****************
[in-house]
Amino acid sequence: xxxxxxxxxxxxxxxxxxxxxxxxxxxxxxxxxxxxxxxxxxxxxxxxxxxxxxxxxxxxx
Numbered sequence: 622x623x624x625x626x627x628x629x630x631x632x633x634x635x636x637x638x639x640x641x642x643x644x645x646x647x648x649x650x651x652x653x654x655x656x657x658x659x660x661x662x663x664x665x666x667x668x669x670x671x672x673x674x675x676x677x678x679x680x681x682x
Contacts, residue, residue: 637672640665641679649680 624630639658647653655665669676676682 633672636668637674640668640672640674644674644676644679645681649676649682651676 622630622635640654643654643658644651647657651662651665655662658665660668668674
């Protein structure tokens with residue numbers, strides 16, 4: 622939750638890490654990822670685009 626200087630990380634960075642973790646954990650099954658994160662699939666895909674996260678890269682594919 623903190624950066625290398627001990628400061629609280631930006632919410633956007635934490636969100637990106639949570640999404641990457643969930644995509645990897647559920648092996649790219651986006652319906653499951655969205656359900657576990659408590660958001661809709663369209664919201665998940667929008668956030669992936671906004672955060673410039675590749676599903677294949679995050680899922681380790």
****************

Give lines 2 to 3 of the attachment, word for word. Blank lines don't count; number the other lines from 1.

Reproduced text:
Amino acid sequence: xxxxxxxxxxxxxxxxxxxxxxxxxxxxxxxxxxxxxxxxxxxxxxxxxxxxxxxxxxxxx
Numbered sequence: 622x623x624x625x626x627x628x629x630x631x632x633x634x635x636x637x638x639x640x641x642x643x644x645x646x647x648x649x650x651x652x653x654x655x656x657x658x659x660x661x662x663x664x665x666x667x668x669x670x671x672x673x674x675x676x677x678x679x680x681x682x